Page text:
After an intensely fought and divisive campaign, US President George W. Bush won his re-election bid, defeating his Democratic rival, Senator John Kerry, by more than 3 million votes.
Bush won the election by the smallest margin -- as a percentage of the popular vote -- for a sitting president in US history.
The election, which according to some observers took place in a highly-charged partisan atmosphere, was attended by the usual character assassination and ad hominem attacks.
With the two competitors remaining neck-and-neck in opinion polls for several months prior to the Nov. 2 election, the focus of the campaigns was on key "swing states," such as Ohio and Florida, where the popular vote was extremely close, thus leaving the states' numerous electoral votes up for grabs.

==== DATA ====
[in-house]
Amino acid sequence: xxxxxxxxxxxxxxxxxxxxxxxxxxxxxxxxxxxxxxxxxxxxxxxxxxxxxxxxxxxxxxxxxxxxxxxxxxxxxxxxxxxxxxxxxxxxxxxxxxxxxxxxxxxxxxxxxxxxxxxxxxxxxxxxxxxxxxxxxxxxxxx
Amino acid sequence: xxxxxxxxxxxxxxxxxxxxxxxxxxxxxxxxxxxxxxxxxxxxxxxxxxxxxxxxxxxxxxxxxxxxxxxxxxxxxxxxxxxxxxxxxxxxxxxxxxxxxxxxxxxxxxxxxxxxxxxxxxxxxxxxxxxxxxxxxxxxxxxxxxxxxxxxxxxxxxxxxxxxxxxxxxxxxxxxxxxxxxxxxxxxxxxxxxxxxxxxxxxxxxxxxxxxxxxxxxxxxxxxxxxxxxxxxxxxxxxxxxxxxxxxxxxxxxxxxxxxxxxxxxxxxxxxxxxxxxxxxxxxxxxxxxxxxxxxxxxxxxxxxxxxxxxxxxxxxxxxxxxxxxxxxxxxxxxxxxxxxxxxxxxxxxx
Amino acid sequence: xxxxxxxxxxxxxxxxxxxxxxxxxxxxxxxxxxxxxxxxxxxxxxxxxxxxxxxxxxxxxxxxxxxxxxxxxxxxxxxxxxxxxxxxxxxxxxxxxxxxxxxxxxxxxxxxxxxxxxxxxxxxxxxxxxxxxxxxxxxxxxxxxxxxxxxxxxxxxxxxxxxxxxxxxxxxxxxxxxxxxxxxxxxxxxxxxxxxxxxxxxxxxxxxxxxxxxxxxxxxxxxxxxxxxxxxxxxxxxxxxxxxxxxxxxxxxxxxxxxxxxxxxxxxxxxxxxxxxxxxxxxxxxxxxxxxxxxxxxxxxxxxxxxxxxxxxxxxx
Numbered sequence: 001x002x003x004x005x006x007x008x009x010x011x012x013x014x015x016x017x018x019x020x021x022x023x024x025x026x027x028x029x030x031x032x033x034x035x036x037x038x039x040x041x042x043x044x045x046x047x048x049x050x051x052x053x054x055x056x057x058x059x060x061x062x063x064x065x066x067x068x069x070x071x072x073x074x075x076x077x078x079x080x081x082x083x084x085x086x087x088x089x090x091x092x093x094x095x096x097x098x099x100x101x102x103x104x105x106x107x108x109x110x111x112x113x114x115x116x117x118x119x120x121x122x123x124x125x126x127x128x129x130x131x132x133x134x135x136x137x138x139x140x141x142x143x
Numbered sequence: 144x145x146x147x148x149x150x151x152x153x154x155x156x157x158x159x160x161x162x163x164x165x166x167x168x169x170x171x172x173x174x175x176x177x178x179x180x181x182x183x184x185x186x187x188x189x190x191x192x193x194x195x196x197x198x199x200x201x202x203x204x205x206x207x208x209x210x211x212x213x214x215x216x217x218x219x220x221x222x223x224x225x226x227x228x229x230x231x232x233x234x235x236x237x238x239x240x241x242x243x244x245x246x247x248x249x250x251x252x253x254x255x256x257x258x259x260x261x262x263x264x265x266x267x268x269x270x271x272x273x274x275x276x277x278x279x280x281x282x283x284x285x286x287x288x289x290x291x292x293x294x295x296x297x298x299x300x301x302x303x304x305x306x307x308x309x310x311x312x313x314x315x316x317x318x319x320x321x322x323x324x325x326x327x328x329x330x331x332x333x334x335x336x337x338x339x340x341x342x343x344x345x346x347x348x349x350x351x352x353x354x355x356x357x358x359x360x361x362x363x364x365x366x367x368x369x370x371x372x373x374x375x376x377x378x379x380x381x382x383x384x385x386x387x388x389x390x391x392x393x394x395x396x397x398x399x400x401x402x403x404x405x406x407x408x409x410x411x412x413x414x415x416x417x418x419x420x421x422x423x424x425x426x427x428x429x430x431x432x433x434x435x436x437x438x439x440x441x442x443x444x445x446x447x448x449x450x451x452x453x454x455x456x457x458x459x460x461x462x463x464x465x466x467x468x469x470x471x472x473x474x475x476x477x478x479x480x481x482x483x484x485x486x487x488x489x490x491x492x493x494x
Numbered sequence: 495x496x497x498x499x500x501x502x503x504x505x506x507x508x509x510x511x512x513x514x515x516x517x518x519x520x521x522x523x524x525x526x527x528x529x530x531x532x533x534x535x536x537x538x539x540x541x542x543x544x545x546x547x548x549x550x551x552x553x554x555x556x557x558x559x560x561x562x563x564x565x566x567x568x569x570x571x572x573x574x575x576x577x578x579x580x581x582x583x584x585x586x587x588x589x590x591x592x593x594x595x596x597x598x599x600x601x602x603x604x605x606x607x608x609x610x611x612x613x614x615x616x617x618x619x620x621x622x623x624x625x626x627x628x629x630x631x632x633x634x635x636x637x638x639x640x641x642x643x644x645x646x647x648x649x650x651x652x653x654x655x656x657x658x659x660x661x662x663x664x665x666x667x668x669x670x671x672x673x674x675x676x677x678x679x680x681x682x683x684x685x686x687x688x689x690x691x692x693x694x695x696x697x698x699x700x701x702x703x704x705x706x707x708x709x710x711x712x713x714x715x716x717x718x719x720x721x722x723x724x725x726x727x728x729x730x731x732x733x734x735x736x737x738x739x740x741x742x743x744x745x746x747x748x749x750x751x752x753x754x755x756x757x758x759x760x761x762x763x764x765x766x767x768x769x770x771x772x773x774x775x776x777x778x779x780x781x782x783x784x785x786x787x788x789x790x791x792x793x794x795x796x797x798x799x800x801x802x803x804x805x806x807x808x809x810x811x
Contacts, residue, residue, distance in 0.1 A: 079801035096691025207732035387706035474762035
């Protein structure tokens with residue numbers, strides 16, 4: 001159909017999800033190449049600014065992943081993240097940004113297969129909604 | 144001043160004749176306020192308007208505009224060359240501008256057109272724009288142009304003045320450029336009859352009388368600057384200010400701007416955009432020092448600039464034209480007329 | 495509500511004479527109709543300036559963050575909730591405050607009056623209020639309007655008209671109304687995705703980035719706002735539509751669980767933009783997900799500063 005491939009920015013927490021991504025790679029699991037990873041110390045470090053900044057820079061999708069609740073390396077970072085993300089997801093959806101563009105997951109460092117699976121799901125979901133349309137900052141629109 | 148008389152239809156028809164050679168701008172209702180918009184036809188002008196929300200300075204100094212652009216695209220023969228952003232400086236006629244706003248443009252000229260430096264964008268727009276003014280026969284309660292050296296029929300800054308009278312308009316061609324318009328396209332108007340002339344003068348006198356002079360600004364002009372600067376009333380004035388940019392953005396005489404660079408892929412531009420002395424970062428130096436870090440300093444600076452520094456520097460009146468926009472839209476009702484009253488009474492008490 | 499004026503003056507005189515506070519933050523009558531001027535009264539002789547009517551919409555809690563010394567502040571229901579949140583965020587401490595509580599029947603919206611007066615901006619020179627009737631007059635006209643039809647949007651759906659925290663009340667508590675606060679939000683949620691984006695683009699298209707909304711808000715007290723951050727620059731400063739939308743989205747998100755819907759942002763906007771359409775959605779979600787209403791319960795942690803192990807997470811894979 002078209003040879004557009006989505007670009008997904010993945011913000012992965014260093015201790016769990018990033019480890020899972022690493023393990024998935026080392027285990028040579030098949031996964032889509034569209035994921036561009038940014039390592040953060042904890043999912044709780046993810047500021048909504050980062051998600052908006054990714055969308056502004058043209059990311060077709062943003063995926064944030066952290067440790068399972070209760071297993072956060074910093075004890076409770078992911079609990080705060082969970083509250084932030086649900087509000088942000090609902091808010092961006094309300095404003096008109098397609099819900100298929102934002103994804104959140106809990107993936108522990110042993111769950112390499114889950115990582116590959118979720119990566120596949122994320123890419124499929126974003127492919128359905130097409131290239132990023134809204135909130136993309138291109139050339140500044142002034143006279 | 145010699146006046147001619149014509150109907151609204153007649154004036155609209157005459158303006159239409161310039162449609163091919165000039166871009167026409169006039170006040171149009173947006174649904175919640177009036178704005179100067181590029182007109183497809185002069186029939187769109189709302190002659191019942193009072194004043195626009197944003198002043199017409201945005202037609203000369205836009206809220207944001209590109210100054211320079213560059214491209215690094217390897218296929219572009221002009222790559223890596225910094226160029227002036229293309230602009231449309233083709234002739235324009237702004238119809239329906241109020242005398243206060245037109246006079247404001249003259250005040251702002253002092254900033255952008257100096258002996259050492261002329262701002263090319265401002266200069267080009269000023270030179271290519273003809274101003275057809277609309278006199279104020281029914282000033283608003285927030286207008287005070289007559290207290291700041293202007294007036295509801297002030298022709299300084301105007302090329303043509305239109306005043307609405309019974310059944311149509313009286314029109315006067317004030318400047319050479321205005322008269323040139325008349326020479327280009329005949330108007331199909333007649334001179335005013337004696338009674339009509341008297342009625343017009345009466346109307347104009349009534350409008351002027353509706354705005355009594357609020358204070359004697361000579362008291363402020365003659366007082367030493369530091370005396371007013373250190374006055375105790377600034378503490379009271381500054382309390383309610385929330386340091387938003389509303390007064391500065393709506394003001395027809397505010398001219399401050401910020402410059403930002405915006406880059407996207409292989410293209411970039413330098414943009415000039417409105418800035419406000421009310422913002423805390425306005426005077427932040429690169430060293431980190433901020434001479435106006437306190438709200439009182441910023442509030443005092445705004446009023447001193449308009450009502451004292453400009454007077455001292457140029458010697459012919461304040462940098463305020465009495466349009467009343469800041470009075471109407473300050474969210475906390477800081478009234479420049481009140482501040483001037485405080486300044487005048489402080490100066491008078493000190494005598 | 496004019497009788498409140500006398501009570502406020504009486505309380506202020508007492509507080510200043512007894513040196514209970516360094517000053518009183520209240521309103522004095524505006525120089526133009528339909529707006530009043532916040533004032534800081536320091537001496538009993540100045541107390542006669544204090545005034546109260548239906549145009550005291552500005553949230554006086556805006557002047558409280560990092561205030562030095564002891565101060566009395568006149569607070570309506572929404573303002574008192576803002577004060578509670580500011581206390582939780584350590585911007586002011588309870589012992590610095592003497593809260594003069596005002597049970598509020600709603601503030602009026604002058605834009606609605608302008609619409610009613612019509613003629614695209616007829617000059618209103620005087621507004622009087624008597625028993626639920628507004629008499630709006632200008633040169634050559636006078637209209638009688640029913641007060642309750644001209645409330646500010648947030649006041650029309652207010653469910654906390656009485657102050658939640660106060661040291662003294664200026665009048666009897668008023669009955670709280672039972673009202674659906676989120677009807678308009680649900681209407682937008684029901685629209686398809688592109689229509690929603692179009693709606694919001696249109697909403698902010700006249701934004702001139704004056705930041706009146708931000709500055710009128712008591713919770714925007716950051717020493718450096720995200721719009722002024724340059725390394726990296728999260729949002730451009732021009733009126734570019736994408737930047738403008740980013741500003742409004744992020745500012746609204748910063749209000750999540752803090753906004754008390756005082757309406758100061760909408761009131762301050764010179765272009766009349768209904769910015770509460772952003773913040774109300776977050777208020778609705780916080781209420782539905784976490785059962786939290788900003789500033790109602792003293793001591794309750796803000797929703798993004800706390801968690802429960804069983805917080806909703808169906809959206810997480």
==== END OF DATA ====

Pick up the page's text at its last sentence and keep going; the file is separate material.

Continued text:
But the Bush team prevailed in the end, and one of the greatest causes for relief, from the US' perspective, was that the "hanging chads" debacle of 2000 was avoided.
Although there were several recounts, and it took almost two days for the election result to become clear, Kerry conceded the race to his opponent.
Both houses of the US Congress were also the scene of partisan wrangling in last year's elections, with 34 seats of the 100-seat Senate up for election and the entire House of Representatives up for grabs.
The Republican Party was able to secure a majority in both houses of the legislature, leaving the Democratic Party reeling from a triple defeat.
Shortly after his re-election was confirmed, Bush began a major reshuffle of his cabinet.